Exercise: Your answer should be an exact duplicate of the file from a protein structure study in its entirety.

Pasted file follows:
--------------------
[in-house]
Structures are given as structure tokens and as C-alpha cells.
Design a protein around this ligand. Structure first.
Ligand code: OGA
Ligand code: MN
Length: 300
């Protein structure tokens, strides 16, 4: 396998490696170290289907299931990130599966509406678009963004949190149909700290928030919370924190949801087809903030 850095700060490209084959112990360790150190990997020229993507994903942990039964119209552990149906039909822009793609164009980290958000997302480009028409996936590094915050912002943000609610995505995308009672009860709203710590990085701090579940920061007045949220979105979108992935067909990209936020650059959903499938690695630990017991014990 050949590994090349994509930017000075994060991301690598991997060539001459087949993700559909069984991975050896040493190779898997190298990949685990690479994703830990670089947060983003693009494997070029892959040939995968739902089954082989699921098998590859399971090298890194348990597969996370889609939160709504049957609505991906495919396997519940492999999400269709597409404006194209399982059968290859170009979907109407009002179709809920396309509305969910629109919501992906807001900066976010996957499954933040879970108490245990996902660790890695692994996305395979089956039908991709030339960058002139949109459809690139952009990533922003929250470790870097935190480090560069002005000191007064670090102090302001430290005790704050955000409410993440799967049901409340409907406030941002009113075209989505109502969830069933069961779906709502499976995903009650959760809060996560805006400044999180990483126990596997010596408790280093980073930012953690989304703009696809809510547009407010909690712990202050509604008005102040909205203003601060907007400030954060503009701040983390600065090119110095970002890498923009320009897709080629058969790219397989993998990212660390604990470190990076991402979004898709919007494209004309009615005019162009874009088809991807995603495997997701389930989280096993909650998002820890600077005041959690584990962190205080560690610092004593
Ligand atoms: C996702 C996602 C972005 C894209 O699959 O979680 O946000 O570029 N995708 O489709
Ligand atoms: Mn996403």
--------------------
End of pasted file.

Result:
[in-house]
Structures are given as structure tokens and as C-alpha cells.
Design a protein around this ligand. Structure first.
Ligand code: OGA
Ligand code: MN
Length: 300
């Protein structure tokens, strides 16, 4: 396998490696170290289907299931990130599966509406678009963004949190149909700290928030919370924190949801087809903030 850095700060490209084959112990360790150190990997020229993507994903942990039964119209552990149906039909822009793609164009980290958000997302480009028409996936590094915050912002943000609610995505995308009672009860709203710590990085701090579940920061007045949220979105979108992935067909990209936020650059959903499938690695630990017991014990 050949590994090349994509930017000075994060991301690598991997060539001459087949993700559909069984991975050896040493190779898997190298990949685990690479994703830990670089947060983003693009494997070029892959040939995968739902089954082989699921098998590859399971090298890194348990597969996370889609939160709504049957609505991906495919396997519940492999999400269709597409404006194209399982059968290859170009979907109407009002179709809920396309509305969910629109919501992906807001900066976010996957499954933040879970108490245990996902660790890695692994996305395979089956039908991709030339960058002139949109459809690139952009990533922003929250470790870097935190480090560069002005000191007064670090102090302001430290005790704050955000409410993440799967049901409340409907406030941002009113075209989505109502969830069933069961779906709502499976995903009650959760809060996560805006400044999180990483126990596997010596408790280093980073930012953690989304703009696809809510547009407010909690712990202050509604008005102040909205203003601060907007400030954060503009701040983390600065090119110095970002890498923009320009897709080629058969790219397989993998990212660390604990470190990076991402979004898709919007494209004309009615005019162009874009088809991807995603495997997701389930989280096993909650998002820890600077005041959690584990962190205080560690610092004593
Ligand atoms: C996702 C996602 C972005 C894209 O699959 O979680 O946000 O570029 N995708 O489709
Ligand atoms: Mn996403």